A troops of the Light Dragoons about to do for some Chasseurs. 

We played this several times, three times in total I think and the French took it handily on each occasion.  I had hoped that Richard might have cracked the pure cavalry engagement, but I don't think he has. There is very little the British can do to try and prevent the French getting off the field and unless they can bring superior numbers to bear, they can't go toe to toe with the French horse. 



McHibernia-McEireanneach counting his victory points

I really wanted to like this scenario because I'm fascinated by the original battle and I love cavalry engagements, but to be honest, it's a bit of a lemon.  CCN while it is my favourite Napoleonic rule set, does combined arms well, but it struggles to cope with scenarios that don't have at least two arms present. 


French horse bolting for the river. 

I don't think we'll be giving this one a go again, which is a pity, because it's a fascinating engagement.  Fortunately we played some of the other scenarios from the new expansion and they were a different story.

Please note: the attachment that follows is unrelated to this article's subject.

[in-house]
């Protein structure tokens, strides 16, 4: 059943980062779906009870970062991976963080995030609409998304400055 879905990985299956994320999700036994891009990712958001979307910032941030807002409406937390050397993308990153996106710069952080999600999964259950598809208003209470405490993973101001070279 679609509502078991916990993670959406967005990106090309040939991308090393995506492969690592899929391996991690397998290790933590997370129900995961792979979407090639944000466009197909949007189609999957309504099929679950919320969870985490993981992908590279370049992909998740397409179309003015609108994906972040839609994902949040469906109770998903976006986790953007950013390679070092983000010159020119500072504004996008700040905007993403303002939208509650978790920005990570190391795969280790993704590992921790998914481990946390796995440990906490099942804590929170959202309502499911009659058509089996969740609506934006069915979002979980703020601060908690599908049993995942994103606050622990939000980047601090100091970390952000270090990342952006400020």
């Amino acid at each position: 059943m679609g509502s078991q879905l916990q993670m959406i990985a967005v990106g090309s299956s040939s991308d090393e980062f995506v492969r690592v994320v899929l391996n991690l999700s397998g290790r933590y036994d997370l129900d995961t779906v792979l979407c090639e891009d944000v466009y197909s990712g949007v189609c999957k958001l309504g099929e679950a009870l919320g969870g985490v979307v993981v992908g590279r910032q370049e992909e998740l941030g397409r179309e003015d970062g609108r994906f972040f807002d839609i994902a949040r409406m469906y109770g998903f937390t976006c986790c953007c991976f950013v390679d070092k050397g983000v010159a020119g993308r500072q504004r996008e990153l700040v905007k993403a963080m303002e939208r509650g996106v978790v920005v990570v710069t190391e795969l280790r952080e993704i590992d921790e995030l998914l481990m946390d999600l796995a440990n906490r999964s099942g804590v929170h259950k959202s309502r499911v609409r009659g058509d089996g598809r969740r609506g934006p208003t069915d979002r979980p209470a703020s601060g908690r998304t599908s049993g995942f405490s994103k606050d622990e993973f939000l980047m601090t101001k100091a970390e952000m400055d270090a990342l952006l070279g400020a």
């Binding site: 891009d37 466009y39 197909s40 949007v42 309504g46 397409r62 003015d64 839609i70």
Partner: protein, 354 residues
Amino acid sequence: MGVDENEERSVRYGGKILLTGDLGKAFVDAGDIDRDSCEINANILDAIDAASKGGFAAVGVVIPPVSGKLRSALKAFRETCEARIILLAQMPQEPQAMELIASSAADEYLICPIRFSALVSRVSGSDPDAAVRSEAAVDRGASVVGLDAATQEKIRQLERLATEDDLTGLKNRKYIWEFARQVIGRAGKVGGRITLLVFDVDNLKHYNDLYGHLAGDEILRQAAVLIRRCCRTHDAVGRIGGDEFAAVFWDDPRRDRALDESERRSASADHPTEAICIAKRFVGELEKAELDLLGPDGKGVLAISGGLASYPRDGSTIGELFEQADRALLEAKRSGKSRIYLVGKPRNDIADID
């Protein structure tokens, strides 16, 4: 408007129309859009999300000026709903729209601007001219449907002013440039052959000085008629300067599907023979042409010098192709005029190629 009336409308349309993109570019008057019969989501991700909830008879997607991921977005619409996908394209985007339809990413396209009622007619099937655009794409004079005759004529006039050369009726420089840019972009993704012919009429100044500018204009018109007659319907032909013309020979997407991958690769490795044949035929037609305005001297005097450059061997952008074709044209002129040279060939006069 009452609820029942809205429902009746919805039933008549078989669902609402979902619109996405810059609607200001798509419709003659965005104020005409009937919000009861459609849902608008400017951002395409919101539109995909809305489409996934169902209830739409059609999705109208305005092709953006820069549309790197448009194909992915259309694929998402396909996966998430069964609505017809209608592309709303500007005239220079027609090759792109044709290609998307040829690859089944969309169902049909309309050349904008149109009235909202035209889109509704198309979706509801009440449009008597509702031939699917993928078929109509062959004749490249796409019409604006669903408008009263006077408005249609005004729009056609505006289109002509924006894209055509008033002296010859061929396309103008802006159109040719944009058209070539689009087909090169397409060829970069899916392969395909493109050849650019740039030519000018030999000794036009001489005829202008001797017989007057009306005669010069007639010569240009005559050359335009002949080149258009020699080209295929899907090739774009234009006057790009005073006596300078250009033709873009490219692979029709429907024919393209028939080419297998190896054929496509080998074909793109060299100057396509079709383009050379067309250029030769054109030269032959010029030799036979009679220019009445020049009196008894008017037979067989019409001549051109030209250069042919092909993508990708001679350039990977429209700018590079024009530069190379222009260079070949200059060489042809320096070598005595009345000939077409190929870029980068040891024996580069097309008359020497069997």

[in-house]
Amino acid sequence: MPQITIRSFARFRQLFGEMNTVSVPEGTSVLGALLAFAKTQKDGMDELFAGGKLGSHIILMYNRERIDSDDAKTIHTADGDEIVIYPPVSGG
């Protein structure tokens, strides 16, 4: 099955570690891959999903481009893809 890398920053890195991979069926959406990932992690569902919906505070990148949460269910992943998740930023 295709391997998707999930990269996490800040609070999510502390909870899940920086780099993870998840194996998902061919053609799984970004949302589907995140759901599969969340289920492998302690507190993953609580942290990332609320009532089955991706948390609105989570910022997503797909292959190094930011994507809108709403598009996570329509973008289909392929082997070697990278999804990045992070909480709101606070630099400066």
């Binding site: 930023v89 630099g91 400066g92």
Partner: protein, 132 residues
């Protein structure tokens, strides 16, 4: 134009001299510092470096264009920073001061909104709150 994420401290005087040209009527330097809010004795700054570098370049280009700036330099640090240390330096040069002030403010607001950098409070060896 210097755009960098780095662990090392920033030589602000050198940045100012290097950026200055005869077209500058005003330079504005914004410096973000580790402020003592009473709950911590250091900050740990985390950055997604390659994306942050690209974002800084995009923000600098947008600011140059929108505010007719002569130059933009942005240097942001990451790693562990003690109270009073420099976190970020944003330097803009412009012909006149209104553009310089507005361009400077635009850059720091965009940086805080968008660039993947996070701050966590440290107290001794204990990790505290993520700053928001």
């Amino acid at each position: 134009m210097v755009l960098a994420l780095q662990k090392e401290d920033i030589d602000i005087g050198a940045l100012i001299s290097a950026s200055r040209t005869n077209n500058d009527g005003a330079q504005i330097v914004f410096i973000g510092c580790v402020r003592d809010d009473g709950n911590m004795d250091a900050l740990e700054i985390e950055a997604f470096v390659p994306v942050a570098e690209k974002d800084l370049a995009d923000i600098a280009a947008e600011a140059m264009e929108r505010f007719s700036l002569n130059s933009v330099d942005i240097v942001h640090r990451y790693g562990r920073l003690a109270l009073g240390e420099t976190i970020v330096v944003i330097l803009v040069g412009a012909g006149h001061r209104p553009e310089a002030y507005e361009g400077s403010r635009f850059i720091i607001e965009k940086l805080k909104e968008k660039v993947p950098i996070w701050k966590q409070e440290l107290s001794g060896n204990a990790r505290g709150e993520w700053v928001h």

Thursday, June 9, 2016

Prussians in the garden


I think they're up to something 

I used water based yacht varnish - which is nice but took two coats to get the required shine. I think I may have to stick the brain cell endangering oil based version.

I'm reading Mike Embree's "Too Little, Too Late" at present about the Austro Prussian War of 1866.  Which would suggest these chaps are up to skullduggery. 


Sadly I don't think there are any moulds available that would allow me to make additional Prussian infantry. 



Tuesday, June 7, 2016

So I went to get the ironing...



...the other day and somehow ended up buying a sword. It was an absolute steel, so much so that I thought it was a replica of some description.  However, closer inspection has revealed that it appears to be a real sword.  It has an edge, a full tang and a fuller, which are usually absent from wall hangers.  There are no makers marks that I can see.  It appears to be a tulwar of some description. My money's on an Indian manufacturer, but I'm no expert.

It needs quite a bit of attention, but I shall look into seeing what can be done to clean it up a bit and perhaps restoring the edge to something like its full sharpness.





I also met this fine fellow while out and about. This picture simply does not do justice to how large this chap is. He was huge, his head was well over my hip.  Very friendly though and with a pleasantly wet nose.